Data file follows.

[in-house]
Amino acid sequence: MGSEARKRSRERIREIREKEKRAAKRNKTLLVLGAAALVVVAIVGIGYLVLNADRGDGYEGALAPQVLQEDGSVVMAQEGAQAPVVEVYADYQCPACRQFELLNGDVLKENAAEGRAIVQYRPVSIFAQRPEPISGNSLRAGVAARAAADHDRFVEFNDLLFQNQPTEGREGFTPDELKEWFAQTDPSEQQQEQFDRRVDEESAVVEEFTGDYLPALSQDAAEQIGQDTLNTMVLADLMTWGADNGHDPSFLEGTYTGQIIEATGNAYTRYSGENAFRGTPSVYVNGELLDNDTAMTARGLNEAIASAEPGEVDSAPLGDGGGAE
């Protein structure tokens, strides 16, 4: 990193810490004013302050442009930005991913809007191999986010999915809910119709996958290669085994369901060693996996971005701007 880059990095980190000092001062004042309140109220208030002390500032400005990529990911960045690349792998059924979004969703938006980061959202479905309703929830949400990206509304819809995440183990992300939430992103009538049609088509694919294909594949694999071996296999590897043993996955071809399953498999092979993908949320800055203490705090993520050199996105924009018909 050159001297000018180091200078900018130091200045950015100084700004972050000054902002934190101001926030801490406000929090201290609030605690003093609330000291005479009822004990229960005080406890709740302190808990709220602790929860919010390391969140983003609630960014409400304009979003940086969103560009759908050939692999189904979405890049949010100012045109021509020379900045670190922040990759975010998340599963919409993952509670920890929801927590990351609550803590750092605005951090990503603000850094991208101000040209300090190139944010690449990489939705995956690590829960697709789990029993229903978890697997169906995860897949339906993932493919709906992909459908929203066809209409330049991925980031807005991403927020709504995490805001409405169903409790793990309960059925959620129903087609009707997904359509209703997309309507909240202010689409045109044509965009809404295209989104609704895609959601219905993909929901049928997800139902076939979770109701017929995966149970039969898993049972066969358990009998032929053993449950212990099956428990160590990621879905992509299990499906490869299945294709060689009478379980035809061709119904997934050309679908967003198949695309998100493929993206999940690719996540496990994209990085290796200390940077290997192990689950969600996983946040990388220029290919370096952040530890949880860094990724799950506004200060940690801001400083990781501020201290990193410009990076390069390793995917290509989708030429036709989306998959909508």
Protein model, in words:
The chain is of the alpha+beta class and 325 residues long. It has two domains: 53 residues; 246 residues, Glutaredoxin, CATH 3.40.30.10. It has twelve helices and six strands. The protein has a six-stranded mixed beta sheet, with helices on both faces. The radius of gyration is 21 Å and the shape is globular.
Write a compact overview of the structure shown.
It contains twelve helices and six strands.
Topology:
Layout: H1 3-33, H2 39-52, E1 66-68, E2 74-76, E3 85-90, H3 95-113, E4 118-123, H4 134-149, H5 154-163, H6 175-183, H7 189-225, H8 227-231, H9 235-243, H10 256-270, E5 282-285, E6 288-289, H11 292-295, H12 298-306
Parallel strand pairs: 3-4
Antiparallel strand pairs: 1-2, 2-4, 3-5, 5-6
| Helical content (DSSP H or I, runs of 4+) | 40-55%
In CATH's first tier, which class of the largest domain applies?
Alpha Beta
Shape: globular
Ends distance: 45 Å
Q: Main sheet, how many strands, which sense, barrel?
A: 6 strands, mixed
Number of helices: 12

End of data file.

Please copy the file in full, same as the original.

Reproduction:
[in-house]
Amino acid sequence: MGSEARKRSRERIREIREKEKRAAKRNKTLLVLGAAALVVVAIVGIGYLVLNADRGDGYEGALAPQVLQEDGSVVMAQEGAQAPVVEVYADYQCPACRQFELLNGDVLKENAAEGRAIVQYRPVSIFAQRPEPISGNSLRAGVAARAAADHDRFVEFNDLLFQNQPTEGREGFTPDELKEWFAQTDPSEQQQEQFDRRVDEESAVVEEFTGDYLPALSQDAAEQIGQDTLNTMVLADLMTWGADNGHDPSFLEGTYTGQIIEATGNAYTRYSGENAFRGTPSVYVNGELLDNDTAMTARGLNEAIASAEPGEVDSAPLGDGGGAE
């Protein structure tokens, strides 16, 4: 990193810490004013302050442009930005991913809007191999986010999915809910119709996958290669085994369901060693996996971005701007 880059990095980190000092001062004042309140109220208030002390500032400005990529990911960045690349792998059924979004969703938006980061959202479905309703929830949400990206509304819809995440183990992300939430992103009538049609088509694919294909594949694999071996296999590897043993996955071809399953498999092979993908949320800055203490705090993520050199996105924009018909 050159001297000018180091200078900018130091200045950015100084700004972050000054902002934190101001926030801490406000929090201290609030605690003093609330000291005479009822004990229960005080406890709740302190808990709220602790929860919010390391969140983003609630960014409400304009979003940086969103560009759908050939692999189904979405890049949010100012045109021509020379900045670190922040990759975010998340599963919409993952509670920890929801927590990351609550803590750092605005951090990503603000850094991208101000040209300090190139944010690449990489939705995956690590829960697709789990029993229903978890697997169906995860897949339906993932493919709906992909459908929203066809209409330049991925980031807005991403927020709504995490805001409405169903409790793990309960059925959620129903087609009707997904359509209703997309309507909240202010689409045109044509965009809404295209989104609704895609959601219905993909929901049928997800139902076939979770109701017929995966149970039969898993049972066969358990009998032929053993449950212990099956428990160590990621879905992509299990499906490869299945294709060689009478379980035809061709119904997934050309679908967003198949695309998100493929993206999940690719996540496990994209990085290796200390940077290997192990689950969600996983946040990388220029290919370096952040530890949880860094990724799950506004200060940690801001400083990781501020201290990193410009990076390069390793995917290509989708030429036709989306998959909508």
Protein model, in words:
The chain is of the alpha+beta class and 325 residues long. It has two domains: 53 residues; 246 residues, Glutaredoxin, CATH 3.40.30.10. It has twelve helices and six strands. The protein has a six-stranded mixed beta sheet, with helices on both faces. The radius of gyration is 21 Å and the shape is globular.
Write a compact overview of the structure shown.
It contains twelve helices and six strands.
Topology:
Layout: H1 3-33, H2 39-52, E1 66-68, E2 74-76, E3 85-90, H3 95-113, E4 118-123, H4 134-149, H5 154-163, H6 175-183, H7 189-225, H8 227-231, H9 235-243, H10 256-270, E5 282-285, E6 288-289, H11 292-295, H12 298-306
Parallel strand pairs: 3-4
Antiparallel strand pairs: 1-2, 2-4, 3-5, 5-6
| Helical content (DSSP H or I, runs of 4+) | 40-55%
In CATH's first tier, which class of the largest domain applies?
Alpha Beta
Shape: globular
Ends distance: 45 Å
Q: Main sheet, how many strands, which sense, barrel?
A: 6 strands, mixed
Number of helices: 12